The proliferation of XaaS acronyms and platforms reflects a complex business and cloud landscape that caters to customers with various needs and expectations. Also, the explosion of data, along with the multitude of data-driven devices, has increased the need for greater integration and synergy among diverse data sources.
Integration platform as a service (iPaaS) is a response to this dilemma. iPaaS provides a unified solution to customers by operating a set of automated tools. It facilitates the integration of data, processes, and applications by acting as a conduit of communication between disparate systems.
What’s covered in this article?
- What is an iPaaS Solution?
- A Brief History of iPaaS
- iPaaS Enterprise Use Cases
- How does iPaaS Work?
- What are the Differences Between PaaS and iPaaS vs SaaS and IaaS?
- The Benefits of Integrating Your App Ecosystem Through iPaaS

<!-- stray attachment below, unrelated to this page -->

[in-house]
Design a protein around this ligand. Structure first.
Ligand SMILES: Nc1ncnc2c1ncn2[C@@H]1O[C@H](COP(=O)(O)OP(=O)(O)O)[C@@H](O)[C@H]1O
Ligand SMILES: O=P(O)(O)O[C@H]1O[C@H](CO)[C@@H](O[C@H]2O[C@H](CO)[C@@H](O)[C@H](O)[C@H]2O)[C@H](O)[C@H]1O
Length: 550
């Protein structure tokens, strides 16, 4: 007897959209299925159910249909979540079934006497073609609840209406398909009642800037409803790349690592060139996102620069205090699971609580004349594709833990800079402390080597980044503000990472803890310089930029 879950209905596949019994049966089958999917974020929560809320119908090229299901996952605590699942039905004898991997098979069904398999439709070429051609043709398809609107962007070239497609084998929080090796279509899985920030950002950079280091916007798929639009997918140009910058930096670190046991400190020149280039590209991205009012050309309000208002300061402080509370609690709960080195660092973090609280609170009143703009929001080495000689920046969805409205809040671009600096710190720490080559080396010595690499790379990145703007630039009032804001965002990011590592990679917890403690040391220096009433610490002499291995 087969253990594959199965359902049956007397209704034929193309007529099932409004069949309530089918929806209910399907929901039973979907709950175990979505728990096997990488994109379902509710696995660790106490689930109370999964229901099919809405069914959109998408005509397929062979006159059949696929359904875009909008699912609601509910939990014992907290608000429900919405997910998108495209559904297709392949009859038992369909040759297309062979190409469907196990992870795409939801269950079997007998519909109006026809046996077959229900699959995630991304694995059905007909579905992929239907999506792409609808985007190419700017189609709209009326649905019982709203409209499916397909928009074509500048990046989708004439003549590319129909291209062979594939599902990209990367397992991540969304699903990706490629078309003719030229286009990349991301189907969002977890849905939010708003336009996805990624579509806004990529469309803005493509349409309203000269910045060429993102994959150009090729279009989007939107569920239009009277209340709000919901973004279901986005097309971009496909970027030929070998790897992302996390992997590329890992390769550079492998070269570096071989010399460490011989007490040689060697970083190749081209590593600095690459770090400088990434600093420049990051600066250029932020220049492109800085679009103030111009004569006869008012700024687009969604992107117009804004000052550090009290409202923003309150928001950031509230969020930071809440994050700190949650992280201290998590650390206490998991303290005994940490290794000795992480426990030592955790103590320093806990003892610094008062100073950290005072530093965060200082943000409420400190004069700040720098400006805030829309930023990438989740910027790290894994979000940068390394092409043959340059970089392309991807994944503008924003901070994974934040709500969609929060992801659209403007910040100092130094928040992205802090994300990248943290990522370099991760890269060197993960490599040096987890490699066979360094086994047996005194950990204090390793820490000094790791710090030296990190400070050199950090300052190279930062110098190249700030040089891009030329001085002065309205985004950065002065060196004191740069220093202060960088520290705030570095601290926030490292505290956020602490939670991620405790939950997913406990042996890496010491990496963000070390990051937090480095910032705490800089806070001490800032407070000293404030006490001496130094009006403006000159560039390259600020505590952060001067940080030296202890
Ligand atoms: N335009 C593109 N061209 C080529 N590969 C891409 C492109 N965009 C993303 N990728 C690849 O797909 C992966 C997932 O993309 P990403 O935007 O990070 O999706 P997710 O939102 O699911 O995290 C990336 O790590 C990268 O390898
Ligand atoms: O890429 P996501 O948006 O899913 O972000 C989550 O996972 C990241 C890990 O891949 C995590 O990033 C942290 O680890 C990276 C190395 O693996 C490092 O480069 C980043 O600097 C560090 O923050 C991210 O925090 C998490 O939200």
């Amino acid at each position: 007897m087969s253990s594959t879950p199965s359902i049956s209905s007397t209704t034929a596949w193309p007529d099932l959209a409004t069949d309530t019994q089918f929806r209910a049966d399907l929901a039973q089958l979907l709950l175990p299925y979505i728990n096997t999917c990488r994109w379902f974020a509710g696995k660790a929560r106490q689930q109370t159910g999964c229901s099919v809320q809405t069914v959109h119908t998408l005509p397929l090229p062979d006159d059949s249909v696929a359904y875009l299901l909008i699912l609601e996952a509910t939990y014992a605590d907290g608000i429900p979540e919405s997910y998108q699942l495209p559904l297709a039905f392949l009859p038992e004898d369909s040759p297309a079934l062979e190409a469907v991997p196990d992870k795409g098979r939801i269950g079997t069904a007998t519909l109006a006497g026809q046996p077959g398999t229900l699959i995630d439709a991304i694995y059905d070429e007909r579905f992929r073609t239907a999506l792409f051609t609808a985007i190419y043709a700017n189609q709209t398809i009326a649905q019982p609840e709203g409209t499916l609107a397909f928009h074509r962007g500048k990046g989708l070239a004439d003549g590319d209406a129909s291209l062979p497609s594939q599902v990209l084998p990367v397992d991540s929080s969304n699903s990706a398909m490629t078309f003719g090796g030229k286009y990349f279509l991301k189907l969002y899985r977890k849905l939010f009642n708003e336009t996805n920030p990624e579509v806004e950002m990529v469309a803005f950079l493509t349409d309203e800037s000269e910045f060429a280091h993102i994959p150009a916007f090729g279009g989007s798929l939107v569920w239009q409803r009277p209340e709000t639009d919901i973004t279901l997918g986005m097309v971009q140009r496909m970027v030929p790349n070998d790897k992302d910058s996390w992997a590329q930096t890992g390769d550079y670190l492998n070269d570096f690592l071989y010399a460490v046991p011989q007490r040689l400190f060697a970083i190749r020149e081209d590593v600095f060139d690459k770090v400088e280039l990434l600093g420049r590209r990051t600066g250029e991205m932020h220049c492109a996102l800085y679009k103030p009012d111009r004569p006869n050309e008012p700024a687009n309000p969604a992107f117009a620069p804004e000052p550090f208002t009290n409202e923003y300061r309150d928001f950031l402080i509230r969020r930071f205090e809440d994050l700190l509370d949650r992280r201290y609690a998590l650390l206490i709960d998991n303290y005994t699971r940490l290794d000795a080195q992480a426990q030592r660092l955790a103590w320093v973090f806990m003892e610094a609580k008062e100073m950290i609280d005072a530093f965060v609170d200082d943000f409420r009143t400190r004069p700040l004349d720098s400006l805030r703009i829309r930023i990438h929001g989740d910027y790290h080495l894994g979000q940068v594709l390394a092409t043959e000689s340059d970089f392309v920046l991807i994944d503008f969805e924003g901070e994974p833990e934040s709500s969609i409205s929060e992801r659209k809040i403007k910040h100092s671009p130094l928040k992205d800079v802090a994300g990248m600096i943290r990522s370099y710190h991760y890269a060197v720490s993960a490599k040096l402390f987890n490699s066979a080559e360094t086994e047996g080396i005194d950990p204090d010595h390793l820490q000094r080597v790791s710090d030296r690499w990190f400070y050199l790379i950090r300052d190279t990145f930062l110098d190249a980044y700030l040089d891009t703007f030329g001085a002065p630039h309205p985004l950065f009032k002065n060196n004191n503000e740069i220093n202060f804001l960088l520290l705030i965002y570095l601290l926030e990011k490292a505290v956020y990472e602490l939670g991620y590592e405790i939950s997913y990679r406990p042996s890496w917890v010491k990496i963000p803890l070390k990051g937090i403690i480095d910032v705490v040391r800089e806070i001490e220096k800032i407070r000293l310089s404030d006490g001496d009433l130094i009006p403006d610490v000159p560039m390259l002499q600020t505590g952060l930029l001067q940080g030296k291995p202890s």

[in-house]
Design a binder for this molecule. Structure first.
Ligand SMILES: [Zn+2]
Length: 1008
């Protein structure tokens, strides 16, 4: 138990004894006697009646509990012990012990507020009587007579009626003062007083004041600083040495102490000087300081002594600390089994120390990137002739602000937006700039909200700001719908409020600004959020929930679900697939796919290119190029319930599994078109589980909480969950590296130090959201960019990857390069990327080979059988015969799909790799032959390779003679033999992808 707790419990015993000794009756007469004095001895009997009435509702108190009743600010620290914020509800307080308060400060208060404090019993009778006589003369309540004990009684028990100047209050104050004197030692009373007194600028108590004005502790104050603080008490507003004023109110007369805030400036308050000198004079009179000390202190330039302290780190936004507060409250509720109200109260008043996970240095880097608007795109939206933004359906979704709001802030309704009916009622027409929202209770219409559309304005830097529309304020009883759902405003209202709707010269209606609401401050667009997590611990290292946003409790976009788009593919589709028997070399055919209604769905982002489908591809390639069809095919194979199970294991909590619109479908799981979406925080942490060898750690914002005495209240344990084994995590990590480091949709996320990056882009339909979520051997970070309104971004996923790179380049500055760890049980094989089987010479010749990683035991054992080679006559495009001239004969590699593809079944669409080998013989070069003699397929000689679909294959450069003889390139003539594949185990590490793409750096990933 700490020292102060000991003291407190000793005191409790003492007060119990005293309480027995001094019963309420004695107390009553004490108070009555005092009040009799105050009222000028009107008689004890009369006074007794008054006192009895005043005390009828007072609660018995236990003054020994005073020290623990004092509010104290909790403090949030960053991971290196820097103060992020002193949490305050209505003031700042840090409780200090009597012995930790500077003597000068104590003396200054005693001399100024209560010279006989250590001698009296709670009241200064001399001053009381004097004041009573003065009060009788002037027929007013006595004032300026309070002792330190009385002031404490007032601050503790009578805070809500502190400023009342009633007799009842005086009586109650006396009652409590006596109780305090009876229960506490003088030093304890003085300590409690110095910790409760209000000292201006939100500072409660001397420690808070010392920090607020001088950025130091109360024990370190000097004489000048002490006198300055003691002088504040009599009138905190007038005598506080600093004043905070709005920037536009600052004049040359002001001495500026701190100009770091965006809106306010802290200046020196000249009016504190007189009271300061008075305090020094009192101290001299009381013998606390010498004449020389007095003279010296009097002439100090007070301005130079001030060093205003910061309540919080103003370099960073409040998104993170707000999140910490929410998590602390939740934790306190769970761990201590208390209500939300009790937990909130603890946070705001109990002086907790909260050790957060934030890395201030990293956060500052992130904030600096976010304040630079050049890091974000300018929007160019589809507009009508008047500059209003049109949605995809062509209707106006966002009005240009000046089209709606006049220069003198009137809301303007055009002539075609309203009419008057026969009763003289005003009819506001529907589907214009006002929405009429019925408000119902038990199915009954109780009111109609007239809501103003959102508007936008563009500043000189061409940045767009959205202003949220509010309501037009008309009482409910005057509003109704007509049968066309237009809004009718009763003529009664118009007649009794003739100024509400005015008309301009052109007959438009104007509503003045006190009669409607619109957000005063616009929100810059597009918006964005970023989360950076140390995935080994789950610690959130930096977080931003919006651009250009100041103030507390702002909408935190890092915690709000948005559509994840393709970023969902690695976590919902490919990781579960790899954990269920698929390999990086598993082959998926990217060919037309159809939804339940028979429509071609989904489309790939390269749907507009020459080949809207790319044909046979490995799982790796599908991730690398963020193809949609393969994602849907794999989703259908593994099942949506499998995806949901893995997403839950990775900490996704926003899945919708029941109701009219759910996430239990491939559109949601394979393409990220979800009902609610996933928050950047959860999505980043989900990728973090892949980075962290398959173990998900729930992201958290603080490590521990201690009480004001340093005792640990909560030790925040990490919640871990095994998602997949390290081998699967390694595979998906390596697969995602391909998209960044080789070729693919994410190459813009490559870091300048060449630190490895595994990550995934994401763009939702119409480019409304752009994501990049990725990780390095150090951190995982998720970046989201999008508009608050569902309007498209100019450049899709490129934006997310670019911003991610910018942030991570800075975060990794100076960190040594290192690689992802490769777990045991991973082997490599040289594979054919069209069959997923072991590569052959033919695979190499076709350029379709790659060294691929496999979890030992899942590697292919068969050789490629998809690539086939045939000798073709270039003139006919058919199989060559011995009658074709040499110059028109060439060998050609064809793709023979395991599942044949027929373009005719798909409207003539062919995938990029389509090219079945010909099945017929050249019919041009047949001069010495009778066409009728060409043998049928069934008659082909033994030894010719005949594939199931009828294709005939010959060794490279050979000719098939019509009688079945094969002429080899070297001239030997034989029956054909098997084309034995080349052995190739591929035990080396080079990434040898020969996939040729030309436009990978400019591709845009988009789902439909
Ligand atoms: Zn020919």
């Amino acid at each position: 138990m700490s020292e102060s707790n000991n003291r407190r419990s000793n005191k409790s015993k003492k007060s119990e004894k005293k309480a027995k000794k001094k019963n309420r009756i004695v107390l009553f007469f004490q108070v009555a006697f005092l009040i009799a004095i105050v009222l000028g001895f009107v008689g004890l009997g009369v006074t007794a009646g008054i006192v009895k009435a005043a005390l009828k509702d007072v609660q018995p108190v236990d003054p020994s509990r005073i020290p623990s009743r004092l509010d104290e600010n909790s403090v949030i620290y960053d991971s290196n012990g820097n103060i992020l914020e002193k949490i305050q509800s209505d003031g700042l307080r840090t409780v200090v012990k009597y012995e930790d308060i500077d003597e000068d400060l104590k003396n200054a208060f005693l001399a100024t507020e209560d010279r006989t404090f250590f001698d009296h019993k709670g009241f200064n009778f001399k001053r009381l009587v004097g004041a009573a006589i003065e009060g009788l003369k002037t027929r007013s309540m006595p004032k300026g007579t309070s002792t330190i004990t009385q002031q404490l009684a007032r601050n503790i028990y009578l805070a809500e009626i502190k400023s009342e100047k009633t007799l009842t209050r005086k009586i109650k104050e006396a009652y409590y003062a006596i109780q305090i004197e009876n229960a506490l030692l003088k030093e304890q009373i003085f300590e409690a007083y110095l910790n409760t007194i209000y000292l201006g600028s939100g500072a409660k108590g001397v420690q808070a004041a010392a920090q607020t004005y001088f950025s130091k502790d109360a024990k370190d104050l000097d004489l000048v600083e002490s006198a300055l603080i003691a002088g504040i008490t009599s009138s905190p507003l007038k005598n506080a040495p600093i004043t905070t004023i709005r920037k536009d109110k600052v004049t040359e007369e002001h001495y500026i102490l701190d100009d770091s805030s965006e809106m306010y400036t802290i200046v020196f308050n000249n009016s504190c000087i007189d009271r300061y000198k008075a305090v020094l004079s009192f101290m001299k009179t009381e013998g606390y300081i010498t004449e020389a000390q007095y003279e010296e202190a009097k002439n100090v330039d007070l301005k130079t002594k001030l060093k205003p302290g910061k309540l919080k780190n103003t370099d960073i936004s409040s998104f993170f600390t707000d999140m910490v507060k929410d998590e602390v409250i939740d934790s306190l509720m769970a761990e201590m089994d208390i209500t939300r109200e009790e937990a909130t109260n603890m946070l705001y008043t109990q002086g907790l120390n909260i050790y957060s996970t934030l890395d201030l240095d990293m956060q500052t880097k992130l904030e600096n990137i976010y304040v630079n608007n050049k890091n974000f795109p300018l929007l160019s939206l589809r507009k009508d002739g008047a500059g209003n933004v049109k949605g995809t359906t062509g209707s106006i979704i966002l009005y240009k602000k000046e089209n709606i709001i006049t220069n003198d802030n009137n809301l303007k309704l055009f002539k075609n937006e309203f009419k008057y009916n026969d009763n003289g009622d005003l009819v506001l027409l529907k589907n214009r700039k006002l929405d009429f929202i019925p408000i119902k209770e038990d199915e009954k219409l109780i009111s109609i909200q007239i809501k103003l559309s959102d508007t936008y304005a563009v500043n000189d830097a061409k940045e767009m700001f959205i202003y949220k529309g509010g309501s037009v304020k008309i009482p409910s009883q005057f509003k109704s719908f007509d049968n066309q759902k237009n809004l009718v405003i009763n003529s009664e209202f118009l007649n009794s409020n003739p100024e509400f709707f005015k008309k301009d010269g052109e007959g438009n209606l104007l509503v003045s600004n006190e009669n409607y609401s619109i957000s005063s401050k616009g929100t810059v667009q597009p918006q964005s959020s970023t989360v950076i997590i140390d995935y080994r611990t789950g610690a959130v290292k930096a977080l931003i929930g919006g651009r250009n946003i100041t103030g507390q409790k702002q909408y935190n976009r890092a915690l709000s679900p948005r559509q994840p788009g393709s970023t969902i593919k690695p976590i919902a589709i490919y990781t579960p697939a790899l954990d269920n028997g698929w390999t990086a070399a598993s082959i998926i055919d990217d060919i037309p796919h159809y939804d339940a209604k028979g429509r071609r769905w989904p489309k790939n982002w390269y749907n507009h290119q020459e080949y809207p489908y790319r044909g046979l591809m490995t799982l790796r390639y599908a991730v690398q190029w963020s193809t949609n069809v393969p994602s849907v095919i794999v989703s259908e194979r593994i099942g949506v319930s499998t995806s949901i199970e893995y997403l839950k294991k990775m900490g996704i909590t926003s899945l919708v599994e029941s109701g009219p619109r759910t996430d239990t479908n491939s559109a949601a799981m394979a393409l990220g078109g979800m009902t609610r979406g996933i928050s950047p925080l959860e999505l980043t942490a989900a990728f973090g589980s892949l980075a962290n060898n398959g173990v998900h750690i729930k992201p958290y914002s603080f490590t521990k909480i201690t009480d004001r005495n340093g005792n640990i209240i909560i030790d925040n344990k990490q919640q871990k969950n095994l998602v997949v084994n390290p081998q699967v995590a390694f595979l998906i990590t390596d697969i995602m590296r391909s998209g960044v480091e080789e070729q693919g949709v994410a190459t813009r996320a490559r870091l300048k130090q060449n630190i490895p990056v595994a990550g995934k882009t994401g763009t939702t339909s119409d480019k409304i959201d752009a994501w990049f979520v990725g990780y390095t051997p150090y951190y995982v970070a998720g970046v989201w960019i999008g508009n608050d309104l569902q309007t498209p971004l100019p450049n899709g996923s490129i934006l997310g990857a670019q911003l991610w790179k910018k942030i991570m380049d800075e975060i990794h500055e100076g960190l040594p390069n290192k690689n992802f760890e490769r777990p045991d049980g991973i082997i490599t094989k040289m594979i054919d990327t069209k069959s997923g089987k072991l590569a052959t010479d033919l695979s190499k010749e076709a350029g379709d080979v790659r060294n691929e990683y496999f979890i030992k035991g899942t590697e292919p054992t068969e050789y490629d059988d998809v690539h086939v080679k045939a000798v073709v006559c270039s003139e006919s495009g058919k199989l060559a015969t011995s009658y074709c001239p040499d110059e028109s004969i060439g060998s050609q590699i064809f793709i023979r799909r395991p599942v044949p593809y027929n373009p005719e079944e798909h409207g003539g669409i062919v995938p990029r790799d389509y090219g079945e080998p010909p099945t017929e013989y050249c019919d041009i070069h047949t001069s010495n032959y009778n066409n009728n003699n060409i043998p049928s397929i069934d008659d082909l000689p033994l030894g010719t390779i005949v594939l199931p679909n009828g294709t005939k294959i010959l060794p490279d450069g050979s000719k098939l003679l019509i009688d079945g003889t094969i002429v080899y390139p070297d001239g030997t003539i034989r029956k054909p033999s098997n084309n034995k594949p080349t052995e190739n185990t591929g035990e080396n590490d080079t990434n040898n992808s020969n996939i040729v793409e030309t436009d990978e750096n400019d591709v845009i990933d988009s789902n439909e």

- The Different Types of iPaas Providers
- The Future of iPaaS
What is an iPaaS Solution?
Gartner defines iPaaS as “a suite of cloud services enabling development, execution, and governance of integration flows connecting any combination of on-premises and cloud-based processes, services, applications, and data within individual or across multiple organizations.”
iPaaS operates by standardizing how applications are integrated, especially by simplifying the process across on-premise and cloud environments. As a platform, iPaaS provides organizations with a full IT infrastructure to reach their business transformation goals.
iPaaS provides a central platform to standardize how data communicates and flows between apps.
In so doing, it has the added benefit of streamlining business processes. It also relieves companies of the burden of building integrations in-house or employing native integration capabilities, since it is more cost-effective to just choose an iPaaS solution.
A Brief History of iPaaS
Although most people credit Gartner for coining the term “integration platform as a service,” it was actually first used by a Philadelphia-area company named Boomi in 2008 when it released AtomSphere.